John Daly’s Mulligan

By M. James Ward, Epoch Times Contributor
May 8, 2016 Updated: May 8, 2016

New York, NY—John Daly’s start with the Champions Tour this week at the Insperity Invitational in Houston marks a clear beginning for a man who has gone through the full gamut of ups and downs—compiling them would require no less than an accountant to itemize all of the various incidents. In turning 50 Daly now has a second lease on life in professional golf—one that frankly, given his immense talent, was squandered through an array of behaviors that go beyond the bizarre.

One of the virtues of The Champions Tour is that it has provides another opportunity for golfers to demonstrate they can still play. In golf terms, getting a second swing is called a “mulligan” and clearly John Daly is looking to reverse a course that sadly should have been far greater than the two major championships and the three other PGA Tour victories he earned.

John Daly celebrates with the trophy after defeating Costantino Rocca in a playoff in the 1995 British Open. (Steve Munday/ALLSPORT/Getty Images)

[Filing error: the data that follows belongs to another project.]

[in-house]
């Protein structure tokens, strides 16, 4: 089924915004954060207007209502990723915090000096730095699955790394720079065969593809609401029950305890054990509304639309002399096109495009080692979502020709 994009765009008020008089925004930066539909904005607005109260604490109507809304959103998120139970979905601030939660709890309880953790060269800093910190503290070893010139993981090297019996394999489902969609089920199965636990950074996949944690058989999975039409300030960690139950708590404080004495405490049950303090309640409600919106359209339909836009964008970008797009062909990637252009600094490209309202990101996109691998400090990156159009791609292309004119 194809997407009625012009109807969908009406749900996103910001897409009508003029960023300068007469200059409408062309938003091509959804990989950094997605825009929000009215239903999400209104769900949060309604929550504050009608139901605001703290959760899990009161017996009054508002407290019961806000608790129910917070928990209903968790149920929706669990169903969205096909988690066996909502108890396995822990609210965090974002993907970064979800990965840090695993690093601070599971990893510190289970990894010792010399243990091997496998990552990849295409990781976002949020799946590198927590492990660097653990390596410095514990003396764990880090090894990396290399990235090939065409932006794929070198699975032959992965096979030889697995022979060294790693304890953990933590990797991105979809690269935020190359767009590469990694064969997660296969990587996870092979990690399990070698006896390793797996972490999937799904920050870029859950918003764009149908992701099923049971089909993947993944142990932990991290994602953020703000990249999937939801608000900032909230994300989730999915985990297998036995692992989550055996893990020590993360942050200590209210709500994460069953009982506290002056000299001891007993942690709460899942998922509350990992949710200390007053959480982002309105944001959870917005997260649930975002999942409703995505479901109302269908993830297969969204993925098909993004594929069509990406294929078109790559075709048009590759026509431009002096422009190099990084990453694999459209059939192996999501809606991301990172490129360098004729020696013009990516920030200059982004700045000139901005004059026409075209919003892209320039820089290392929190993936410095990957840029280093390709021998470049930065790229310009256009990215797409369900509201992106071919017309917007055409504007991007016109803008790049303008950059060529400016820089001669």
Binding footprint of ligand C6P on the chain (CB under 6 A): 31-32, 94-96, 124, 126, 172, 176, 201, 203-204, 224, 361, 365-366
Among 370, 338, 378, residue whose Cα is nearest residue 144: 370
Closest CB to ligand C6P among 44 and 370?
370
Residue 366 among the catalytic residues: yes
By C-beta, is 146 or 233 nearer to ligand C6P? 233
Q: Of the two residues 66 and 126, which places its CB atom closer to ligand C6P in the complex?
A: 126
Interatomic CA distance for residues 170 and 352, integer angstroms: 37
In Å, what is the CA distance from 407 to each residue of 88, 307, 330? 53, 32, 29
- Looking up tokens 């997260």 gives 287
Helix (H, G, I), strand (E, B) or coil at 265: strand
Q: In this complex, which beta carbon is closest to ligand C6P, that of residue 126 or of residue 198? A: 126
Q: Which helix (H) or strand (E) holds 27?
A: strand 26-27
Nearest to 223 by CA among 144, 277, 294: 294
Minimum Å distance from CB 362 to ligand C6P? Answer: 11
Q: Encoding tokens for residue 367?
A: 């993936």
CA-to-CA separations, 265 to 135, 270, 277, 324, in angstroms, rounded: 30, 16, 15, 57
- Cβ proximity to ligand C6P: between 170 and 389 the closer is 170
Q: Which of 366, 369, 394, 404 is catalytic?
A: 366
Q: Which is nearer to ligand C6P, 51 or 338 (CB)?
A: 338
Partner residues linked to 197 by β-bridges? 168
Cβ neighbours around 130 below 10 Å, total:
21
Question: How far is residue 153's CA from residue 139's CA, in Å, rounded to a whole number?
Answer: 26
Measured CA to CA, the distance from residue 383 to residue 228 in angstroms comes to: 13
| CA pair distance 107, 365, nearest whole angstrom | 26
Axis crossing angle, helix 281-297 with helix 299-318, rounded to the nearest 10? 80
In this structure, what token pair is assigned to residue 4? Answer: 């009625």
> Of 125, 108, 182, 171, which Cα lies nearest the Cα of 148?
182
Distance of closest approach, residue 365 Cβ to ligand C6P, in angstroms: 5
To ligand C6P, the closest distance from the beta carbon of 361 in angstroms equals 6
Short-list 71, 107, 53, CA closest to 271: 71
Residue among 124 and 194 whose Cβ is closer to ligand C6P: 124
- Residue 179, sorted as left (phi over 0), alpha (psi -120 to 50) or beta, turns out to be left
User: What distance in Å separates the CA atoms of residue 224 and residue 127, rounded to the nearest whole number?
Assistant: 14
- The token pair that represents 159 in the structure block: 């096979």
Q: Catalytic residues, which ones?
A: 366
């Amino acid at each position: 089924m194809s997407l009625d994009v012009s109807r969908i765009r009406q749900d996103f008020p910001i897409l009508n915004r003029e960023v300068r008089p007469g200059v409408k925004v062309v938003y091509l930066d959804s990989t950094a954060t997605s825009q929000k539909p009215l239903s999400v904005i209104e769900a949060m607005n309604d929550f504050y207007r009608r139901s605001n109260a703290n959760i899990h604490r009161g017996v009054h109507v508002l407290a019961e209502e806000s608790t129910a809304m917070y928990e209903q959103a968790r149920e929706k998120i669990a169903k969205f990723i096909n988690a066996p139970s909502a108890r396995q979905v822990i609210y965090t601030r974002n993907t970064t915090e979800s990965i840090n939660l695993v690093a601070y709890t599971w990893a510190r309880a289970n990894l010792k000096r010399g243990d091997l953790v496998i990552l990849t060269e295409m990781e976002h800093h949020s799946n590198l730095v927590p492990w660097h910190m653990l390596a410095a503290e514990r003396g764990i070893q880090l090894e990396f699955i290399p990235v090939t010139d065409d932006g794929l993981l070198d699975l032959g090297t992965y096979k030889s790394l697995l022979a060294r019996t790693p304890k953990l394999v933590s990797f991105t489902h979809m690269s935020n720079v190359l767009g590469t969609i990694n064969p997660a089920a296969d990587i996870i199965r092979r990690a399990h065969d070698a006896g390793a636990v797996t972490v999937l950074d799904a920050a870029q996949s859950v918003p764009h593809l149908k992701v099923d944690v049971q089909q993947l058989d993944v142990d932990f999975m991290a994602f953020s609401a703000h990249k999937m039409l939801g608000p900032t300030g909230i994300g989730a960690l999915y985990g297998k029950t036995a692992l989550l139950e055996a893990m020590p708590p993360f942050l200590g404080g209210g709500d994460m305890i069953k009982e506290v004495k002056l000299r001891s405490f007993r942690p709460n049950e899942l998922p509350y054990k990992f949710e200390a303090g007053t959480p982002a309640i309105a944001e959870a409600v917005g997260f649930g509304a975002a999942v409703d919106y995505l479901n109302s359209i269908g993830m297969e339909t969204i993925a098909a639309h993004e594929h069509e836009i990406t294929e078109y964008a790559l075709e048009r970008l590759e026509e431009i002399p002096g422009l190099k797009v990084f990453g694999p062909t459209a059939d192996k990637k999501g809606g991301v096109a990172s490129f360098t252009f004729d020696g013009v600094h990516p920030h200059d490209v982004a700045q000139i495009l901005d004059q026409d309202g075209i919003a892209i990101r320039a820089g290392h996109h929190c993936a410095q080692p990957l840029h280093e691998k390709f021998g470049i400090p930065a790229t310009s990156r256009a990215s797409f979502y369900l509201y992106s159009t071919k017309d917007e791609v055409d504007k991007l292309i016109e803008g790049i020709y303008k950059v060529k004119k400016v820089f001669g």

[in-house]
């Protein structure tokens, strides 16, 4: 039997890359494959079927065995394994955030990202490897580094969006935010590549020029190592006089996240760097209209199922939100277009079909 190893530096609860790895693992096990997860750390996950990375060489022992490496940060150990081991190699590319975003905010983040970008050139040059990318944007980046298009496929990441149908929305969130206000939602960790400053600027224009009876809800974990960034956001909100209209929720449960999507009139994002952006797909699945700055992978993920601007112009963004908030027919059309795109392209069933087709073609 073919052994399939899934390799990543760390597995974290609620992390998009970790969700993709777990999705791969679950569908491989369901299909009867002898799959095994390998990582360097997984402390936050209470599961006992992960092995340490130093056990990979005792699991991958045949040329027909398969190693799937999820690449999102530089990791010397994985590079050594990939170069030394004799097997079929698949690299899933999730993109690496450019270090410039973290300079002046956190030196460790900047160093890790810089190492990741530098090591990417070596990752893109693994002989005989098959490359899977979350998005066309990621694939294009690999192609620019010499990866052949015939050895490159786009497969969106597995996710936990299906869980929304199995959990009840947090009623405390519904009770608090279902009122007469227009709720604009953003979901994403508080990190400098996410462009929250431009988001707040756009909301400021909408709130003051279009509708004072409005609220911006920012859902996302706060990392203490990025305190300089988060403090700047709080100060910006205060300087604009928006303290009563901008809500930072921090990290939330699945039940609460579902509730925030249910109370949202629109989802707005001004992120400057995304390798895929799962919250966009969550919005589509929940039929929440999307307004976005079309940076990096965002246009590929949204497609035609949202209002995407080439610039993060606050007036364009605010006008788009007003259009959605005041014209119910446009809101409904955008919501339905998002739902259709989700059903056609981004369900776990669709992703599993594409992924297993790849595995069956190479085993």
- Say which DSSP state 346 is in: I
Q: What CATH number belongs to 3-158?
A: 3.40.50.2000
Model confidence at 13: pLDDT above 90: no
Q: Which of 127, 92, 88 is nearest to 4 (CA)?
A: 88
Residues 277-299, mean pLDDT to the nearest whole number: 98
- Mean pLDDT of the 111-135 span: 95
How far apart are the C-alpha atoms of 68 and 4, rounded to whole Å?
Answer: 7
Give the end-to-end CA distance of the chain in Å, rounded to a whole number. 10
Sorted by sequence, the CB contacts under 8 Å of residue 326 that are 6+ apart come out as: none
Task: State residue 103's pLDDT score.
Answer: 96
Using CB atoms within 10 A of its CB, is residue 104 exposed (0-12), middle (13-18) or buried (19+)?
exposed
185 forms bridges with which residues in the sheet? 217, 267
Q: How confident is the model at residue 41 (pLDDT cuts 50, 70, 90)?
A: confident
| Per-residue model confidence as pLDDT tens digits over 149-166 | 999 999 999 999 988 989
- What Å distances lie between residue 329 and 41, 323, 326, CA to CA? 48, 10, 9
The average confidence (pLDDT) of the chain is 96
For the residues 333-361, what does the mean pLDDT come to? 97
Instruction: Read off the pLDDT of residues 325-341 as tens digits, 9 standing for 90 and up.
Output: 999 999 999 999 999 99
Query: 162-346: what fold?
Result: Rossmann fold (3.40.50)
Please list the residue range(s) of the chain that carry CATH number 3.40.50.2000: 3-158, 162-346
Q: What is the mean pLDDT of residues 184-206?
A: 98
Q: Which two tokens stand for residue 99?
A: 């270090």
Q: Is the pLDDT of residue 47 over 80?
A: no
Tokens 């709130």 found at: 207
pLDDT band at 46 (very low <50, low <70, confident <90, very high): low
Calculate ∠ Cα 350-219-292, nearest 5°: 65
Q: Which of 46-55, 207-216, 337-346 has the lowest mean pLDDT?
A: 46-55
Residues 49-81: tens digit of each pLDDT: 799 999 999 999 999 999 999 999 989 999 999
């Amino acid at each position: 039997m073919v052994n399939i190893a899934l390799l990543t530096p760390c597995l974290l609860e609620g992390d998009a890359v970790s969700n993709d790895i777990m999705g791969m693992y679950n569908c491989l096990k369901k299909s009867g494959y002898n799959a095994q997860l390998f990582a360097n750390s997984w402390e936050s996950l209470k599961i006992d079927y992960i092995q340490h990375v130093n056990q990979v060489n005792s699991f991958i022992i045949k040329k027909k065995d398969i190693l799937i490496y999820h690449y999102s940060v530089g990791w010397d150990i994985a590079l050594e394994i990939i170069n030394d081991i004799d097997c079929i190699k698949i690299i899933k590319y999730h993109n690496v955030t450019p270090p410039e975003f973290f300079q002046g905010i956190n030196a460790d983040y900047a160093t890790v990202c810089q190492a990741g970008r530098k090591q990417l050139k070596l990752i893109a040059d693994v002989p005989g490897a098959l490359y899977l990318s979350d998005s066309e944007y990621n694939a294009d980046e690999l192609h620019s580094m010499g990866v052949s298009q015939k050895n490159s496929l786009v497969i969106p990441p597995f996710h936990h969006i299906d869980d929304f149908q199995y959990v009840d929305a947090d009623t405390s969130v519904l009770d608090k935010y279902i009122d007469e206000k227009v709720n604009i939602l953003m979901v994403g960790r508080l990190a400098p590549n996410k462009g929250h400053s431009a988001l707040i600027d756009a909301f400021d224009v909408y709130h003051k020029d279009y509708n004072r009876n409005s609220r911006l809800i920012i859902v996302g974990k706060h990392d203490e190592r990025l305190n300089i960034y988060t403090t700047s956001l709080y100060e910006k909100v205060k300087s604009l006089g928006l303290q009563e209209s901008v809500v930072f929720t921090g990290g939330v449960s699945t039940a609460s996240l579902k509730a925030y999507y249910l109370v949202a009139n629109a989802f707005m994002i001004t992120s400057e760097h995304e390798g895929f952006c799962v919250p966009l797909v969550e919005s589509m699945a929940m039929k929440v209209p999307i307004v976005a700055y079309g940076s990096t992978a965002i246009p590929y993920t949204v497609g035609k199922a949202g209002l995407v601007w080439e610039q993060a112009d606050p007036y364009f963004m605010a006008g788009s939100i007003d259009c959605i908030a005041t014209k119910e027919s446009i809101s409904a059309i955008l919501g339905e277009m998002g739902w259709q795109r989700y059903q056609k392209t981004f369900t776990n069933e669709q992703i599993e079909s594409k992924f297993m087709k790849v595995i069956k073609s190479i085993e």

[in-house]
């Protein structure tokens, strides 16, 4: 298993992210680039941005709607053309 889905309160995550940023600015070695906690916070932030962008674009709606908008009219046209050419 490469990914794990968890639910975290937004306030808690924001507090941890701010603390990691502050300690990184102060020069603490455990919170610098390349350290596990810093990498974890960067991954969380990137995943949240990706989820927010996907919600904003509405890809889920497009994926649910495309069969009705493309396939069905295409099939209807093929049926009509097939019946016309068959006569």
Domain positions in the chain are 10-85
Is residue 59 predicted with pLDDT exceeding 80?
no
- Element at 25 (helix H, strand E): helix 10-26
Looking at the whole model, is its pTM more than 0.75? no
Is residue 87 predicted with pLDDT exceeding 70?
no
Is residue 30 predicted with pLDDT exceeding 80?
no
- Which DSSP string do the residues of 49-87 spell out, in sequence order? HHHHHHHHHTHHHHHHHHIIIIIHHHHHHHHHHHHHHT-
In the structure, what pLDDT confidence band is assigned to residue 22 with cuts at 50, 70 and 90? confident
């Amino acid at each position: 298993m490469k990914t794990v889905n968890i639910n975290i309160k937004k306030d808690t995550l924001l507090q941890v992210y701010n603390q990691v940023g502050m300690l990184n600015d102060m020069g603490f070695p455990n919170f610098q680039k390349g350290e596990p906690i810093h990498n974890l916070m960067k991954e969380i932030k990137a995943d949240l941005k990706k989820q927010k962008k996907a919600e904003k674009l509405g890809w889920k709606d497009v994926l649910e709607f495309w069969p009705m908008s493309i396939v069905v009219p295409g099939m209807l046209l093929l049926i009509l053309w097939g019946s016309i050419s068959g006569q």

John Daly celebrates with the trophy after defeating Costantino Rocca in a playoff in the 1995 British Open. (Steve Munday/ALLSPORT/Getty Images)

No less than Daly himself admitted this week that given his talents he should have done far more than what he did do. Coming into public view when he secured entry into the ’91 PGA Championship at Crooked Stick just outside of Indianapolis as the 9th alternate, Daly jettisoned himself from “zero to hero” in winning one of golf’s most prestigious titles in just his third performance in a major event. Daly mesmerized the gallery and a global television audience with prodigious drives—hence the tagline “Long John Daly” and coupled that with a gifted putting touch. In a matter of a week’s time Daly’s exploits were the talk of not just the golf community, but throughout the sports world.  


Four years later, Daly would win at golf’s most hallowed grounds—The Old Course at St. Andrews. Showing a keen sense in maneuvering himself around the storied layout during brutal wind conditions in the final round Daly looked to be a winner after 72 holes until Italian Constantino Rocca made a miraculous 60-foot birdie putt through the Vallley of Sin at the 18th hole to tie Daly. For many players such a situation might have melted their resolve—not Daly’s. The playoff was quickly a foregone conclusion and in short order Long John had joined the “who’s who” in golf that have hoisted The Claret Trophy at The Open Championship.